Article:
The individuals who study warehouse efficiency have found that approximately 50 to 60 percent of travel time is wasted in nearly all material handling facilities. The goal is to reduce lift truck travel distance and time in certain ways that help prevent equipment abuse and damage to products. Several of the most frequent efficiency barriers to numerous warehouses are discussed below.
The new products would not always be placed where it makes the most sense, these products are often stored wherever there is extra room. The frequently handled things are separated due to storage handling requirements or to size. Due to increased business, SKUs or Stock-Keeping Units have proliferated. Replenishment and order-picking speeds are lessened due to poor lighting. The lift truck fleet is very small and more round trips are needed utilizing the same machine. Lift trucks face slowdowns and detours due to poor equipment maintenance and uneven floor surfaces. Ineffective warehouse design usually leads to dead-end aisles and inefficient workflows.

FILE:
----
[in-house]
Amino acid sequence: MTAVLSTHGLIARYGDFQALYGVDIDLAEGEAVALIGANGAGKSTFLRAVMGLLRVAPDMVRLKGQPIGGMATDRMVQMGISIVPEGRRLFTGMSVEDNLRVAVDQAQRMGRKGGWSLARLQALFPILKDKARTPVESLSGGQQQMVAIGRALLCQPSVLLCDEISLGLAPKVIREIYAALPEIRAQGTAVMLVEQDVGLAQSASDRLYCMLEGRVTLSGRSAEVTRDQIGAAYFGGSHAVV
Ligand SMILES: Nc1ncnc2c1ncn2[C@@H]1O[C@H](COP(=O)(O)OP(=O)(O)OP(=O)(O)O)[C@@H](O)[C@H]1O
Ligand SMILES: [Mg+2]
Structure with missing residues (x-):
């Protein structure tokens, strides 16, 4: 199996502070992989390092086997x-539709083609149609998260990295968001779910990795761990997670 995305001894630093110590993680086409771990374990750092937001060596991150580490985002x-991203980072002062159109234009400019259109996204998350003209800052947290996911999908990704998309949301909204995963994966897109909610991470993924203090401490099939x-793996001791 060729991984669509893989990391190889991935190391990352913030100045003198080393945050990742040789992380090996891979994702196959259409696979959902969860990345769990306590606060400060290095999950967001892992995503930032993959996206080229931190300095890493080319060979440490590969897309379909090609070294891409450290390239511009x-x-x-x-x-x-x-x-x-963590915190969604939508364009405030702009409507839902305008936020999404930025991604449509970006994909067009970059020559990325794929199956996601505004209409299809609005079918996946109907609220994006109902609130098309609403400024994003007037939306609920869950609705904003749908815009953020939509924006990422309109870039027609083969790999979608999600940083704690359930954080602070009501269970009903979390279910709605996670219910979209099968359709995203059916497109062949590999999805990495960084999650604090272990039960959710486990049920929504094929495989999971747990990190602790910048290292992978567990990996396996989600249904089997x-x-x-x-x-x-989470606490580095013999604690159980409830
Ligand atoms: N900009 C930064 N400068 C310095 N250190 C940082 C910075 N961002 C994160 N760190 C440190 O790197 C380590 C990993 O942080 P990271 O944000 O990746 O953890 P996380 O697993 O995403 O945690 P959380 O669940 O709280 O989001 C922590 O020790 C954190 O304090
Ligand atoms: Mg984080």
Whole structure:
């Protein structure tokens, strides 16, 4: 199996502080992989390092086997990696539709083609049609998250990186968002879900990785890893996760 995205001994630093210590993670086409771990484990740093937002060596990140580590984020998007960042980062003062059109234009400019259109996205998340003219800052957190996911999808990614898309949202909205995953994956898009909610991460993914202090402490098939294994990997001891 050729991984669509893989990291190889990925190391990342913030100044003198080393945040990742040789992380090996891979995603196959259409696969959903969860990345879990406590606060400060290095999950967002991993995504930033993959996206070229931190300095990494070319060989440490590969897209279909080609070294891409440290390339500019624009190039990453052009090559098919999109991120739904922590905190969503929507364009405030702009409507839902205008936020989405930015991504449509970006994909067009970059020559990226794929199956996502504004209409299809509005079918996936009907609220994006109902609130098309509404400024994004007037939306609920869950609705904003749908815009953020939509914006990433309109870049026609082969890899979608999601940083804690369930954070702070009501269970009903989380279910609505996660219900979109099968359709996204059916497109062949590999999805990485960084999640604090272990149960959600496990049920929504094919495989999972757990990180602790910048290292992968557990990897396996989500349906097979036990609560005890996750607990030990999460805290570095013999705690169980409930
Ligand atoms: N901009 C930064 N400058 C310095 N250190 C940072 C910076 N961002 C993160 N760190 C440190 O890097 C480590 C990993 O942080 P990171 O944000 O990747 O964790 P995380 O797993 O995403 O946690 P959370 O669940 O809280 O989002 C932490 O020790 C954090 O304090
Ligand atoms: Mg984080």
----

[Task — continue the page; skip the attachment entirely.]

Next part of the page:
If any of the above problems seem familiar at your place of work, or if you know ways to be more efficient overall, there are 3 main areas to concentrate on:
Shipping, Receiving and Storage Layout: Use a facility layout and draw a series of arrows that reflect the way your product flows. The best facilities offer a single direction, well-organized flow from receiving to shipping. If your arrows go in numerous different directions, or go in the opposite to the desired direction or double backwards in any spots, then you have determined your inefficient areas.
When you have identified your trouble spots, work to improve access to product destinations, lessen travel distances between destination and source, decrease bottleneck areas within the facility and re-vamp any lift truck and high-travel congestion areas.
Cross-Docking? For objects that rapidly move throughout your facility, consider cross-docking options. The cross-docked inventory is not stored inside the warehouse. It is moved from inbound delivery almost directly to outbound shipping. Some of the sorting and consolidation is usually performed in the shipping areas. The simplest objects to cross-dock are typically bar coded products with high inventory carrying expenses and predicable demands.